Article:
This Week's Spending....
5 ltr malt vinegar for bottling $8.18
2 ltr milk $3.43
4 boxes tissues $4.00
Dishwashing liquid $2.69 (organic - my husband doesn't like the homemade one as it doesn't cut grease well enough for him - fair enough; will keep experimenting)
Almond/coconut milk $3.99
16 rolls extra long toilet paper $11.98
Spaghetti pasta $0.99
2 ltr tomato sauce $5.09
GF bread x2 $13.41
Balance forward: $16.26
This week's allowance: $50.00
This week's spend: $53.76
Meanwhile, I'm quite surprised that in spite of not buying any since before Christmas, I have not yet run out of: laundry powder, toothpaste, shampoo, conditioner, moisturisers, deodorant, autodishwasher tablets, dishwashing liquid (almost - still have some left, but have now made one batch of my own, and just bought a bottle of another to try this week), cleaners, ziplock bags, bin liners, gladwrap, baking paper, or foil. I honestly thought a lof of these would have run out sooner, forcing me to experiment. Oh well - I still plan to experiment with home made versions of many of these in due course, and will post successful recipes or alternatives. Now, it's good to have stock of frequently used items on hand and purchase when on a good special, but this has been an eye-opener on just how much less of all these things we use these days, since the kids left home (remember, I'm still adjusting from having gone from a family of 7-8 (with boarder) to only 2 in quite a short space of time).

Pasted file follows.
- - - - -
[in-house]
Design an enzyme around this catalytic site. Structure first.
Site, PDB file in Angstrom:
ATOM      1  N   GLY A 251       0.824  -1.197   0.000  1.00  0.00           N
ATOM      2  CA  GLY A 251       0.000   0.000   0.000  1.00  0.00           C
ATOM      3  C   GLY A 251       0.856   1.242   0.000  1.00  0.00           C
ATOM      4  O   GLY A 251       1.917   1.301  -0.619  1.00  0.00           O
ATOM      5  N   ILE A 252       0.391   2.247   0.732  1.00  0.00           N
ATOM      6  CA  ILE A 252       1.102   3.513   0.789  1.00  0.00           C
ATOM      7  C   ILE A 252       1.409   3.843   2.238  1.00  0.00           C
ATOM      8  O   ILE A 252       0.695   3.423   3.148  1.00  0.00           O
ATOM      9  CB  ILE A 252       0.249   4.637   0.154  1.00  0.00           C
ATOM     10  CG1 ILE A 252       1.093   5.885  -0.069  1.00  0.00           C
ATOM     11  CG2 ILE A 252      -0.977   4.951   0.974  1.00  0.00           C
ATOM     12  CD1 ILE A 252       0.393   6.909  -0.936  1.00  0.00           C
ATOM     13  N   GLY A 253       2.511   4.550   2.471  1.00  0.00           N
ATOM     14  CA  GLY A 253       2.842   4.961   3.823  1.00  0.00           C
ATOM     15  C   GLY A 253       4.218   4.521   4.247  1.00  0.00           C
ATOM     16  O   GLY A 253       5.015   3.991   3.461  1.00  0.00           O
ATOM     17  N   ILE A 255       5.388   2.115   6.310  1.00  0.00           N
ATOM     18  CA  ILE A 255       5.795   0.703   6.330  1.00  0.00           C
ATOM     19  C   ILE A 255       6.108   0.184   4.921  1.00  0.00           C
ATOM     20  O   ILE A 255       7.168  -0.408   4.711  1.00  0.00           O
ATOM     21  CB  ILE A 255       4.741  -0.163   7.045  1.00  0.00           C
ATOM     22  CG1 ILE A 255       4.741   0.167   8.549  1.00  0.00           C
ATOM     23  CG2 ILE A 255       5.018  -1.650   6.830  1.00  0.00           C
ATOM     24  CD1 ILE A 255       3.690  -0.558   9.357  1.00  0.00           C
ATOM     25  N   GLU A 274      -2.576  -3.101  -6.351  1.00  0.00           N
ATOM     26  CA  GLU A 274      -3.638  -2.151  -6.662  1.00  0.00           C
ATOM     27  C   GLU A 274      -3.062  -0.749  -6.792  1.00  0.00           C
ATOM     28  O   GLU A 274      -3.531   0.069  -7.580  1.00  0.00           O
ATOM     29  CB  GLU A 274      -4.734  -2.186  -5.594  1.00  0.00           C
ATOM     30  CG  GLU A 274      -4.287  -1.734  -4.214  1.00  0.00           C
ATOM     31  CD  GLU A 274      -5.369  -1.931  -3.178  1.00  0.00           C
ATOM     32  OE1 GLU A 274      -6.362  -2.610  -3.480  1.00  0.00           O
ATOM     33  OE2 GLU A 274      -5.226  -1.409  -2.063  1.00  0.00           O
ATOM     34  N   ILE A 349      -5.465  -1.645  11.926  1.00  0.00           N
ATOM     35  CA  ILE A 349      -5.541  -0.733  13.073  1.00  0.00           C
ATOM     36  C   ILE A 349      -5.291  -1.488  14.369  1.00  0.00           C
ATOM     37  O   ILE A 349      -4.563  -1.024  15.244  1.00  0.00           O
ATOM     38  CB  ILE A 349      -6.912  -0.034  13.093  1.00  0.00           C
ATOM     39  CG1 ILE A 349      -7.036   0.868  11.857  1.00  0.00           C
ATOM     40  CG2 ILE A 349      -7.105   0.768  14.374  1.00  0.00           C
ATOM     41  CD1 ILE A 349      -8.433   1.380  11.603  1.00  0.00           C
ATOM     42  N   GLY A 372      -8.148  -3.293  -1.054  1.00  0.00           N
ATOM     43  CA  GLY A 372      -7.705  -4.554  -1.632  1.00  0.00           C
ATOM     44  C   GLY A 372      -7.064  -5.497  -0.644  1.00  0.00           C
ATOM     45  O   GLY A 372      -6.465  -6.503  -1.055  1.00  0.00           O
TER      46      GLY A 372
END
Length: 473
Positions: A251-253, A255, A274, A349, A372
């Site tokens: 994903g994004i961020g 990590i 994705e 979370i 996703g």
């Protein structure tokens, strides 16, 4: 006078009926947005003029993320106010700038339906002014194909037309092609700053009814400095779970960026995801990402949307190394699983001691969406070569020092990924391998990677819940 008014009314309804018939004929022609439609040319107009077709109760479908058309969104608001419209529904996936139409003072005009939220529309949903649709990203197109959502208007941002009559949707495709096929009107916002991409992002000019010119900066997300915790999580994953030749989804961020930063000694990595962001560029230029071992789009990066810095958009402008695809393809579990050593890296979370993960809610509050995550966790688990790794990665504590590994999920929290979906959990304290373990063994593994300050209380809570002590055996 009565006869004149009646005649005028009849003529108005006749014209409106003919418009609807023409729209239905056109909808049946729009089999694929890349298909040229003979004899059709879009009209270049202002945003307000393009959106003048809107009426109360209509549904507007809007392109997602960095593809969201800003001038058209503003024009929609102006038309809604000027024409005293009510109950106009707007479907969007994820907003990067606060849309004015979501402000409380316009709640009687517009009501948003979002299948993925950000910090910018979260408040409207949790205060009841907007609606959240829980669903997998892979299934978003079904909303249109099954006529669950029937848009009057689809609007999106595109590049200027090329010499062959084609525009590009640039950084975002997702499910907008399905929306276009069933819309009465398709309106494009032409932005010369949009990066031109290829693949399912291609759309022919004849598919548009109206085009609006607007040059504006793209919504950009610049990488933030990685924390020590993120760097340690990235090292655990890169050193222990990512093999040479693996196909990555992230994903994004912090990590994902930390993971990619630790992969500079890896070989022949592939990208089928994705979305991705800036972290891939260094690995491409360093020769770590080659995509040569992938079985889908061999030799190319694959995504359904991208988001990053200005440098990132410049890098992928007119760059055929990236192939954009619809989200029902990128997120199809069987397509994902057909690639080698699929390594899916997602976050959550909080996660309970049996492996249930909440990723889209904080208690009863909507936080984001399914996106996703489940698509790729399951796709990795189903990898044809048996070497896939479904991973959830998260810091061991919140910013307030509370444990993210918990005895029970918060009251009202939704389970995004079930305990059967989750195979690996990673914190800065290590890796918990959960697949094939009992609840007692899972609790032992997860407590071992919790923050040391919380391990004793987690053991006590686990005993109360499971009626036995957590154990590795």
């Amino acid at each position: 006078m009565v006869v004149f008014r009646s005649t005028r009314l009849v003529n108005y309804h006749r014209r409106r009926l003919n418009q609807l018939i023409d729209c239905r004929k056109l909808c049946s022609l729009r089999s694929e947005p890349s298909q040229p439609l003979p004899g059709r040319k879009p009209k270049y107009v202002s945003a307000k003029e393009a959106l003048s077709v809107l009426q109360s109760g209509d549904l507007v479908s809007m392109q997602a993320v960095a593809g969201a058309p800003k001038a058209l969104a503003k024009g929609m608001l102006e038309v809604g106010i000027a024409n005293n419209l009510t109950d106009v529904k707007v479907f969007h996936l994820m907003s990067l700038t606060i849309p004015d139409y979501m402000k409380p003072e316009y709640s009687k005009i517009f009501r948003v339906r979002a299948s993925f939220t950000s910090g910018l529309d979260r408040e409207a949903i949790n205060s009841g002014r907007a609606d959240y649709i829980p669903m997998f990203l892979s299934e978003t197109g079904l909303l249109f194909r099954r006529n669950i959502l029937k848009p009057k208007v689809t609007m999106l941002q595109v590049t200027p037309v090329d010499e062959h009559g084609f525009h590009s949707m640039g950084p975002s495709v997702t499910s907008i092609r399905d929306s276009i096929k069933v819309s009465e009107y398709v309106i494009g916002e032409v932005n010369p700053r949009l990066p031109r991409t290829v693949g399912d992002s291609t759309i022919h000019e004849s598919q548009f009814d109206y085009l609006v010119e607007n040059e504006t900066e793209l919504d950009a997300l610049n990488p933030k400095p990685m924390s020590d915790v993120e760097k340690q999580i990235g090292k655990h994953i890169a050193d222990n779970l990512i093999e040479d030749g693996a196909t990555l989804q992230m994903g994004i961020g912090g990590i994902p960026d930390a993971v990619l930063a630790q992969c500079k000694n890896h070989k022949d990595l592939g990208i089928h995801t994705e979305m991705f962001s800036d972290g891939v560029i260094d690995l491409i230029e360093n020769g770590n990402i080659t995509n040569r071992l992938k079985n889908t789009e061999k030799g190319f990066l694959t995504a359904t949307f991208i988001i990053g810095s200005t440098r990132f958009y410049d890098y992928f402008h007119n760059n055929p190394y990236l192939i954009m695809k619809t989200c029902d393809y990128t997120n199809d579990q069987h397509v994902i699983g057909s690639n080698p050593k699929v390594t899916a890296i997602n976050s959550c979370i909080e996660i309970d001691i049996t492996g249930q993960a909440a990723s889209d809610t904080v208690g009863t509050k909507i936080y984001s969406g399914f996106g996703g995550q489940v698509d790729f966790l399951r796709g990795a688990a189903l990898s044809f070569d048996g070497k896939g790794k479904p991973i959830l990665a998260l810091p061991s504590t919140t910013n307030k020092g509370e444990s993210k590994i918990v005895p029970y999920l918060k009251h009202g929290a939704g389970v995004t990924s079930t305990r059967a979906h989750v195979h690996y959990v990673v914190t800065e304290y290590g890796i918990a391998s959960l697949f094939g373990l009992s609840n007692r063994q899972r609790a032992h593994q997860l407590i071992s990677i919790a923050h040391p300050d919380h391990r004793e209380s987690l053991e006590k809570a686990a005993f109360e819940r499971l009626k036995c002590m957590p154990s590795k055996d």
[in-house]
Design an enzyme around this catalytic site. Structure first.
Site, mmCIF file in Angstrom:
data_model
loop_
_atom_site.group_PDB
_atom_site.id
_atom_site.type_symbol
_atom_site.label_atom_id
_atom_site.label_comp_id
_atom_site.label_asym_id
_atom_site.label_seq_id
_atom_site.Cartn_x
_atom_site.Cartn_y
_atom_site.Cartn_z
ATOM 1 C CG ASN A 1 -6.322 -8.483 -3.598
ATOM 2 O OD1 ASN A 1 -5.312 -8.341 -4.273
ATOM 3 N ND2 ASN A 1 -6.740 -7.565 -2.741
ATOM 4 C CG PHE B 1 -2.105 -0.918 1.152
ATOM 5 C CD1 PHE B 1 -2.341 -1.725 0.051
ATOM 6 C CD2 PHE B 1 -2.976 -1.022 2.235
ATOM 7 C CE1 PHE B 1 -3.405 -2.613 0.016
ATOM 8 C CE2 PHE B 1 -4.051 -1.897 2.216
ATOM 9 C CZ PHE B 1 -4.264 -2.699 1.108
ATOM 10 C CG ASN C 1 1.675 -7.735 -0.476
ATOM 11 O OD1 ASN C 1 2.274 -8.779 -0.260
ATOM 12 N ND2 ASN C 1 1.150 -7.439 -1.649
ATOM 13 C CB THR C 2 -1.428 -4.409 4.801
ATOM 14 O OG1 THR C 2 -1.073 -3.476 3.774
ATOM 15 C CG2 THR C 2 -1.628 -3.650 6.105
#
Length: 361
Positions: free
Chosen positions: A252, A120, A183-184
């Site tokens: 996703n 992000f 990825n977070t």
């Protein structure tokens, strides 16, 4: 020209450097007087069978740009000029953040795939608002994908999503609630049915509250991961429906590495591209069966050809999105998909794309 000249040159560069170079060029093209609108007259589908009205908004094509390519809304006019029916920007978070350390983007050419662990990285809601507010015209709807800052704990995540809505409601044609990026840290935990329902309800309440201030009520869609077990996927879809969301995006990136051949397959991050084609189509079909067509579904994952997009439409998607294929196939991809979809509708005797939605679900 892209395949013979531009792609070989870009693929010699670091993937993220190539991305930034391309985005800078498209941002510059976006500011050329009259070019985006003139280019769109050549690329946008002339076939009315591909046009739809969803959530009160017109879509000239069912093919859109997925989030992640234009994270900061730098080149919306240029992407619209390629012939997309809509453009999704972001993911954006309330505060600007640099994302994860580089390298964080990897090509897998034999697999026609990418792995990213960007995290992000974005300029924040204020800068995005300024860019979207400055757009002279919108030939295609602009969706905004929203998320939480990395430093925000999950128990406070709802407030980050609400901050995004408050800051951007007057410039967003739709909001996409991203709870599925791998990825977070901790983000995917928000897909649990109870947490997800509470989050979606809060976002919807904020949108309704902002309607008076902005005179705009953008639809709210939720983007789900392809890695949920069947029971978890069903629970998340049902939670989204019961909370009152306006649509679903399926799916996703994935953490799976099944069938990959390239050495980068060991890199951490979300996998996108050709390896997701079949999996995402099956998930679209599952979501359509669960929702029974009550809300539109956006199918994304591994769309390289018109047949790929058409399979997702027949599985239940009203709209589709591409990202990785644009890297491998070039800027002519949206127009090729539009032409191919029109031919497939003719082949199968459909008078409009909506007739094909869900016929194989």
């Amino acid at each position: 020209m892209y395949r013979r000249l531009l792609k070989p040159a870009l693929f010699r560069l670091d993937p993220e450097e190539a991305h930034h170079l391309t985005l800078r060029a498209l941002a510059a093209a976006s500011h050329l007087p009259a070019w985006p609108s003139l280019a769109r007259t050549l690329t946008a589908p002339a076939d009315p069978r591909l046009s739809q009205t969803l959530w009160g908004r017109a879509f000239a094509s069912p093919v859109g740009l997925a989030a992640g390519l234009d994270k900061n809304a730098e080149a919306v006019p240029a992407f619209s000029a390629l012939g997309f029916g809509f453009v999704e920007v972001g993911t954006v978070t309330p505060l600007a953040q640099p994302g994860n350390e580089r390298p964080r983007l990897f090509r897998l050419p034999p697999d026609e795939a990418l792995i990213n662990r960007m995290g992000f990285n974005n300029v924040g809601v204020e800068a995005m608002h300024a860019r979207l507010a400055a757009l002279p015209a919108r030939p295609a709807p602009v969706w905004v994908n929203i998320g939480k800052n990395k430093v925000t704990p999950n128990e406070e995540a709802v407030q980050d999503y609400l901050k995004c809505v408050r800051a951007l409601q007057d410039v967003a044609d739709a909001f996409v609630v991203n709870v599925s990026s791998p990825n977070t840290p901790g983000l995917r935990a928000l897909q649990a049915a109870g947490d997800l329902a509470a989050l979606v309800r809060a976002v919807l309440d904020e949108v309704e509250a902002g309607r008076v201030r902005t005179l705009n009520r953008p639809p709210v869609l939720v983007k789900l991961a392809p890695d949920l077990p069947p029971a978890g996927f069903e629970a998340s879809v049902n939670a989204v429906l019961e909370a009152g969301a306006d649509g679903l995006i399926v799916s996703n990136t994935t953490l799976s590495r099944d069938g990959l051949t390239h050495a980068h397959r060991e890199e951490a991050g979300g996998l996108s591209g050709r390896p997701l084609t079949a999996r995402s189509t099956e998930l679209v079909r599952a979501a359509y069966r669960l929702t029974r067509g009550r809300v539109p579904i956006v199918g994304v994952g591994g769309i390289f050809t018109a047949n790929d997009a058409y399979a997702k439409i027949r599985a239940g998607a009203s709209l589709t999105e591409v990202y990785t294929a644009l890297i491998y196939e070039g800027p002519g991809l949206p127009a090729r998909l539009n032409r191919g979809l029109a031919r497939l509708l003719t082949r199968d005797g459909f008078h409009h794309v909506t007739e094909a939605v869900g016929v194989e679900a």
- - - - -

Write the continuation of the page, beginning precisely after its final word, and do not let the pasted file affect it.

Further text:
I have succeeded in working my way through most of my frozen stock of bananas, tomatoes (turned into bottled products), a lot of bones now made into stock, and some of the meat etc. With a bit of sorting, I can probably compact most of what's left in one freezer into my other one. Which is good - as the butcher is coming soon; we need to reduce our sheep numbers, and I'll need some room for frozen meat. We've got some more ducks and a couple of roosters we need to process too.
Going forward, I intend to continue to focus our meals around what is available in the garden. I'd really like to get to where we only need to buy a very few food items, and can live almost entirely out of the garden/homestead. That isn't just about money, but about eating fresh, healthy, wholesome foods.
The main downside of this little challenge has been that I've done baking I normally wouldn't. Which meant I ate it too. Which meant I put on a few kilos. Sigh. Time to reverse that!
On the plus side, I have shown myself that I can spend a lot less than I have been, and still eat well. I need to go back to regular meal planning, and planning my shopping more closely, buying only what we really need. This spend next to nothing challenge has been great for recalibrating my shopping and spending!
Did following along inspire you to try anything different or change the way you do anything? Do tell me about it in the comments if so. :-)